Points out that people are interested in history and that history books are really selling. This explains David McCullough's wealth. We are interested in our own stories and in the history that made us. We also look to history for lessons that we can make use of. Discusses the determined activities of preservation societies. Discusses the interest people have in their genetic makeup. (Makes reference to someone who is discovered to be a descendant of Genghis Khan. This can't be absolutely known and if it is true, it's something shared w/ very many according to a recent book on computational anthropology that I have read.) Claims that during the Cold War, history seemed to have come to a standstill; after the breakup of the Soviet Union, new civil wars got started and people realized that history was ongoing and history became interesting again.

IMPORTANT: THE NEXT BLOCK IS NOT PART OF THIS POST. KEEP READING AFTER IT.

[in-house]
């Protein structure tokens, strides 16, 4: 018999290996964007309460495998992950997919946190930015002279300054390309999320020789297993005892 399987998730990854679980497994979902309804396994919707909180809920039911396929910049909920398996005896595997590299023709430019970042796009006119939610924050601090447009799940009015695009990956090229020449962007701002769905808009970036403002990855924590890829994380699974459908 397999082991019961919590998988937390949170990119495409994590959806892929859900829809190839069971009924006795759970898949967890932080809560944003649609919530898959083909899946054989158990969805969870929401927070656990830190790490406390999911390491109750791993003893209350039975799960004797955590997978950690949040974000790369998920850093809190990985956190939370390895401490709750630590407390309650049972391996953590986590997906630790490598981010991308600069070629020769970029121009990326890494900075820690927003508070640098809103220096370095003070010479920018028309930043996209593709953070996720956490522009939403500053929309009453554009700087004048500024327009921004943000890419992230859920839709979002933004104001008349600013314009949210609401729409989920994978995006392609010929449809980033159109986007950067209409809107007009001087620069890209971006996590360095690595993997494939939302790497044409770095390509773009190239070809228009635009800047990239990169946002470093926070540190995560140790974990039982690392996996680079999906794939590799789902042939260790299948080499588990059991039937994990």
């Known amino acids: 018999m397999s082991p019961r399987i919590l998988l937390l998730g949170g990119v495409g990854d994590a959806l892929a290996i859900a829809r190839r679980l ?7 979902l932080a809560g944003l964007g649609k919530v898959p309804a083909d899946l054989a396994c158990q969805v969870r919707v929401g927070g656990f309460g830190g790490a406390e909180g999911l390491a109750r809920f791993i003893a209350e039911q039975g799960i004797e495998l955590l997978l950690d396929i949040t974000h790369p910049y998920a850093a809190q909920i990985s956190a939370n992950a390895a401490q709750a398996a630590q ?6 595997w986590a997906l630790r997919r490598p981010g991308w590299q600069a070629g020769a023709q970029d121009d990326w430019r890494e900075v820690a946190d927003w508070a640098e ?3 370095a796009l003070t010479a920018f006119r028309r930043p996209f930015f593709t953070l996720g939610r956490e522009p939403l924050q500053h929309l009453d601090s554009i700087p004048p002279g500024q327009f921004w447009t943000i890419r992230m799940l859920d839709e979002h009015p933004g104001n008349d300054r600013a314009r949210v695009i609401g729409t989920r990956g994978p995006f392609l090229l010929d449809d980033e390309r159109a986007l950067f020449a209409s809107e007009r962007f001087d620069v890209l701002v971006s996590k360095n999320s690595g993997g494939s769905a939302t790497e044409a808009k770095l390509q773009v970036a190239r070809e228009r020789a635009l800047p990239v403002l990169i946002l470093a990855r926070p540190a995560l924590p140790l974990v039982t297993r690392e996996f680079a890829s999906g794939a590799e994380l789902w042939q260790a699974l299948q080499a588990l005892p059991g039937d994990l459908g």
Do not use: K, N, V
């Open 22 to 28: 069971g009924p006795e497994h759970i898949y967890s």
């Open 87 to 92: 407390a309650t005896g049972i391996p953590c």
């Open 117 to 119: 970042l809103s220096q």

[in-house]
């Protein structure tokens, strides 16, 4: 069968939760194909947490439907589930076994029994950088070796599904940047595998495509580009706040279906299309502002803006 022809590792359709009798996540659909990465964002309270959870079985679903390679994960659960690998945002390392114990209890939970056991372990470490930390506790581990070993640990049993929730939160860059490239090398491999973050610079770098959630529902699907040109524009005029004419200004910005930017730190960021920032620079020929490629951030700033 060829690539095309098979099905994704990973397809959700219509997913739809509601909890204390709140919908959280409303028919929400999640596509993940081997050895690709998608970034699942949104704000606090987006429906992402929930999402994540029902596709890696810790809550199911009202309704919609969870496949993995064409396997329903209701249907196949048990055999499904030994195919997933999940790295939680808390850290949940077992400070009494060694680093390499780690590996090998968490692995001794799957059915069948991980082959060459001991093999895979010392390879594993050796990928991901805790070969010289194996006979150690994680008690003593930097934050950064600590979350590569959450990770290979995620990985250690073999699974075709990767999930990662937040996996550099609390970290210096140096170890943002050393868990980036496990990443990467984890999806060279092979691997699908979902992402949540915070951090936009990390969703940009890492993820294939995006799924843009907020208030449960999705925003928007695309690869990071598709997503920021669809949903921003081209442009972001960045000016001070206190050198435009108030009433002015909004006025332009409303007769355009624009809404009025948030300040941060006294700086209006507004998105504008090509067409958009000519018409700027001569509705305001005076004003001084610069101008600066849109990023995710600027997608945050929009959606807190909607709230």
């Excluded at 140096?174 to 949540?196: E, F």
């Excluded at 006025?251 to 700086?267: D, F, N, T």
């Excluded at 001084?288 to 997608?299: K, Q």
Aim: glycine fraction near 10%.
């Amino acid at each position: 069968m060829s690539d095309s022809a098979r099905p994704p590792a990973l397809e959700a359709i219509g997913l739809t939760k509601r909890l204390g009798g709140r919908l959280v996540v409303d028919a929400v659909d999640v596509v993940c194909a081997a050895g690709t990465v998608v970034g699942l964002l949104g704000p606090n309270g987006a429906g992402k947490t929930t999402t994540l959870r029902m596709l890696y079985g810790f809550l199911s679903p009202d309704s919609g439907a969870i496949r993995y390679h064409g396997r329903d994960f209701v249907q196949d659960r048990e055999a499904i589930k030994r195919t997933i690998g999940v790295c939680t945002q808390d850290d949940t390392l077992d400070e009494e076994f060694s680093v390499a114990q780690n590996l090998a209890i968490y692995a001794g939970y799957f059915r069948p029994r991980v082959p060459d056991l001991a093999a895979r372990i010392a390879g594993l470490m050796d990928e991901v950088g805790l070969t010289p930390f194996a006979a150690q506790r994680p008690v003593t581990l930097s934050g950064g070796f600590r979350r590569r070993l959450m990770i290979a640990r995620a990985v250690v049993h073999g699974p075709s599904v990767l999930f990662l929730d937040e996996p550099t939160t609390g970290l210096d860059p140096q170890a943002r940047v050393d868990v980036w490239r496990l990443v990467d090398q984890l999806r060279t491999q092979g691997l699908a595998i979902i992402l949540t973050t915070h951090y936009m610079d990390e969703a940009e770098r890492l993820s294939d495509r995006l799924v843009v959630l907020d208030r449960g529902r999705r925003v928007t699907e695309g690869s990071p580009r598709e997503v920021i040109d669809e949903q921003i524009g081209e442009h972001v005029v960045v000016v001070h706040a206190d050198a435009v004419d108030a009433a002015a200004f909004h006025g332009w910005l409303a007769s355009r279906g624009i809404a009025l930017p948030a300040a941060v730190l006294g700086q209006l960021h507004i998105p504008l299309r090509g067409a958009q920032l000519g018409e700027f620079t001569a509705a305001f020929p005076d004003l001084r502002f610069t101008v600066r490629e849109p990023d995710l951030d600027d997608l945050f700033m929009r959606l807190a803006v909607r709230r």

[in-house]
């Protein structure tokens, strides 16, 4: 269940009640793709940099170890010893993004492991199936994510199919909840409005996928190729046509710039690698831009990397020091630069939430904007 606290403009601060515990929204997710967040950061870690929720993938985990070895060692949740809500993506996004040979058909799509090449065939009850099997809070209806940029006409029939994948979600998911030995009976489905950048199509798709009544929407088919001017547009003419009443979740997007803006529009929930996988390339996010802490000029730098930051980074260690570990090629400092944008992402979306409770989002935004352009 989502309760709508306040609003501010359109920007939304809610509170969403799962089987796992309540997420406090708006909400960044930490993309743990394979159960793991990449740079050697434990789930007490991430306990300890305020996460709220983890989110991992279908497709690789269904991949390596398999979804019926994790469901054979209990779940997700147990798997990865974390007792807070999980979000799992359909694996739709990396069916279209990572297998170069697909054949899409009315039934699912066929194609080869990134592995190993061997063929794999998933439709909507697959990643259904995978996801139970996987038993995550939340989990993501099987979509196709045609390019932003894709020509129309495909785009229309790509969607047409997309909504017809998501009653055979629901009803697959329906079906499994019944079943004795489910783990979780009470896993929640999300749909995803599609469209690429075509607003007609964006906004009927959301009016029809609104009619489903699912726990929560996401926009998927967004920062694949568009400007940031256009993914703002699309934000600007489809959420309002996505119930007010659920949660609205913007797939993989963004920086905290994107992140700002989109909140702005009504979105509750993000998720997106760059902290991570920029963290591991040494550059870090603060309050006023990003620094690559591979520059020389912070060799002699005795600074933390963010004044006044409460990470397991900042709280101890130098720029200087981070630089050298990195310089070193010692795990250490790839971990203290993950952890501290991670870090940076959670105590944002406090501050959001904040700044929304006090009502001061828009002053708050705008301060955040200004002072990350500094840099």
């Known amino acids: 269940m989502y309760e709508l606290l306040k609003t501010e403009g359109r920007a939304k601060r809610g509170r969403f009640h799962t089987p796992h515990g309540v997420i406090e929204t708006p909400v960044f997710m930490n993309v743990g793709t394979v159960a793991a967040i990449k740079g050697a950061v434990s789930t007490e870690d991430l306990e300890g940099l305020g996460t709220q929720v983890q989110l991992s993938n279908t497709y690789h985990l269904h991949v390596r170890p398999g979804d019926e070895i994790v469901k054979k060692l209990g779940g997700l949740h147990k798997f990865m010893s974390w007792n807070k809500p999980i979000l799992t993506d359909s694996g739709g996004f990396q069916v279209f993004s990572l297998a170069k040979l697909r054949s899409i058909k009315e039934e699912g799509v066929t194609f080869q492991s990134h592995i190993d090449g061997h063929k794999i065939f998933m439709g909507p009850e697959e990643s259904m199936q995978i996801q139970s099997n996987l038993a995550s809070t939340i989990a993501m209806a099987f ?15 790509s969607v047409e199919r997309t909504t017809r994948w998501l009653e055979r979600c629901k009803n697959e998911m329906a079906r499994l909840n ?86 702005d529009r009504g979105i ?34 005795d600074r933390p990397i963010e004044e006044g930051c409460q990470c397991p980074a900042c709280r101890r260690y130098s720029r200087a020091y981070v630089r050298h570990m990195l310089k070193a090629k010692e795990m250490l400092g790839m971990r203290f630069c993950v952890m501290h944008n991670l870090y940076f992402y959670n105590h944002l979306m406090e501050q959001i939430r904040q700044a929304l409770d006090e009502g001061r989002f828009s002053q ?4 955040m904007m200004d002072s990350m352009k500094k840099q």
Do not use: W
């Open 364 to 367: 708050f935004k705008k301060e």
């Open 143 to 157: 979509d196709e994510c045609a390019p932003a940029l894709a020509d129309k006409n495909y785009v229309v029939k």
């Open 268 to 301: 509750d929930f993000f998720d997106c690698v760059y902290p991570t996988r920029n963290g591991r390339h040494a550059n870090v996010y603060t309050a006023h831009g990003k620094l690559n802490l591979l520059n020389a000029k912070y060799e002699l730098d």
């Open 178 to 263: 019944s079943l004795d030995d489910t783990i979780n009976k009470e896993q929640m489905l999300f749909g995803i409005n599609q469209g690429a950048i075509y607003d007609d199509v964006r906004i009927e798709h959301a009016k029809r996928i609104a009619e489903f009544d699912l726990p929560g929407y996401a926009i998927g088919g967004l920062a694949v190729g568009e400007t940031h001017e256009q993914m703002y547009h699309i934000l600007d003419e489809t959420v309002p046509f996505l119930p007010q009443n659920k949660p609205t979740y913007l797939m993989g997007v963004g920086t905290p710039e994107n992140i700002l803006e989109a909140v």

I think I've given up on listening to this on audio, the word choice is so sloppy. When I first listened, though, I found it really useful to think about histories, in the plural, different stories that compete because each might be used to justify some present action. ( )
  themulhern | Feb 24, 2016 |
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Explores the ways in which history has been used to influence people and government, focusing on how reportage of past events has been manipulated to justify religious movements and political campaigns.